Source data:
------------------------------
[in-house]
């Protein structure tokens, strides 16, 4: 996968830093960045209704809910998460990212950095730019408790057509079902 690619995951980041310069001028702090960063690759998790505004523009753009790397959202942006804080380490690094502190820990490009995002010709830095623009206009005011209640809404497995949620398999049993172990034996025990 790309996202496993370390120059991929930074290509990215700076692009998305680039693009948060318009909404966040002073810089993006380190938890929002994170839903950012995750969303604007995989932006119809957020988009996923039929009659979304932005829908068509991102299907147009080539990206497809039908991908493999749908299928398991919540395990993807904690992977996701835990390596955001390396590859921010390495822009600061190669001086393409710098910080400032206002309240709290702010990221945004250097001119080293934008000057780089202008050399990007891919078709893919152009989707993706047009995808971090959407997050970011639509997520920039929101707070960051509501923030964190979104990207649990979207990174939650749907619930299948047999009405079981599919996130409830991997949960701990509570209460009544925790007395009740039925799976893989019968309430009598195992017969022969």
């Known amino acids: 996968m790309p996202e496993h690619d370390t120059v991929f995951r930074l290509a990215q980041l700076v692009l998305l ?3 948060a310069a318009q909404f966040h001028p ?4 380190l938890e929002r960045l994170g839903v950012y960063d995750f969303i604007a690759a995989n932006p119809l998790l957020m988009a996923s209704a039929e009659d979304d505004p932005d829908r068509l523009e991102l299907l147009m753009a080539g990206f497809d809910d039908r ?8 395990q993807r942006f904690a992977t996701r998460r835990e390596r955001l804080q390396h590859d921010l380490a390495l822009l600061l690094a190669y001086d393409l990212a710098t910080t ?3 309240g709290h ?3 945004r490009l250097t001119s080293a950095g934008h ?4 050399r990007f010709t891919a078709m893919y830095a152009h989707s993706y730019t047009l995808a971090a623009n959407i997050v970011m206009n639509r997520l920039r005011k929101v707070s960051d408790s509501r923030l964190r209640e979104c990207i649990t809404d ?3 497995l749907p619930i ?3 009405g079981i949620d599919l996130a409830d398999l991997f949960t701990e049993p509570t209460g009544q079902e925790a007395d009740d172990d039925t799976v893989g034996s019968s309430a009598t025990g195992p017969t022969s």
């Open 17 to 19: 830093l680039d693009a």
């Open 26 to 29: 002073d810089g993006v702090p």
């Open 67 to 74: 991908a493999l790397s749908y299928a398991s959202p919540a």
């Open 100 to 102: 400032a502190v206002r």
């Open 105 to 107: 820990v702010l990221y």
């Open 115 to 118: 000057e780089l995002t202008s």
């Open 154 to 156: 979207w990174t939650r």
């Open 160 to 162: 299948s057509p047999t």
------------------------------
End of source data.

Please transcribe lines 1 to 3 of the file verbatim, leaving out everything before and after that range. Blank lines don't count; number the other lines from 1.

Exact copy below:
[in-house]
């Protein structure tokens, strides 16, 4: 996968830093960045209704809910998460990212950095730019408790057509079902 690619995951980041310069001028702090960063690759998790505004523009753009790397959202942006804080380490690094502190820990490009995002010709830095623009206009005011209640809404497995949620398999049993172990034996025990 790309996202496993370390120059991929930074290509990215700076692009998305680039693009948060318009909404966040002073810089993006380190938890929002994170839903950012995750969303604007995989932006119809957020988009996923039929009659979304932005829908068509991102299907147009080539990206497809039908991908493999749908299928398991919540395990993807904690992977996701835990390596955001390396590859921010390495822009600061190669001086393409710098910080400032206002309240709290702010990221945004250097001119080293934008000057780089202008050399990007891919078709893919152009989707993706047009995808971090959407997050970011639509997520920039929101707070960051509501923030964190979104990207649990979207990174939650749907619930299948047999009405079981599919996130409830991997949960701990509570209460009544925790007395009740039925799976893989019968309430009598195992017969022969």
């Known amino acids: 996968m790309p996202e496993h690619d370390t120059v991929f995951r930074l290509a990215q980041l700076v692009l998305l ?3 948060a310069a318009q909404f966040h001028p ?4 380190l938890e929002r960045l994170g839903v950012y960063d995750f969303i604007a690759a995989n932006p119809l998790l957020m988009a996923s209704a039929e009659d979304d505004p932005d829908r068509l523009e991102l299907l147009m753009a080539g990206f497809d809910d039908r ?8 395990q993807r942006f904690a992977t996701r998460r835990e390596r955001l804080q390396h590859d921010l380490a390495l822009l600061l690094a190669y001086d393409l990212a710098t910080t ?3 309240g709290h ?3 945004r490009l250097t001119s080293a950095g934008h ?4 050399r990007f010709t891919a078709m893919y830095a152009h989707s993706y730019t047009l995808a971090a623009n959407i997050v970011m206009n639509r997520l920039r005011k929101v707070s960051d408790s509501r923030l964190r209640e979104c990207i649990t809404d ?3 497995l749907p619930i ?3 009405g079981i949620d599919l996130a409830d398999l991997f949960t701990e049993p509570t209460g009544q079902e925790a007395d009740d172990d039925t799976v893989g034996s019968s309430a009598t025990g195992p017969t022969s």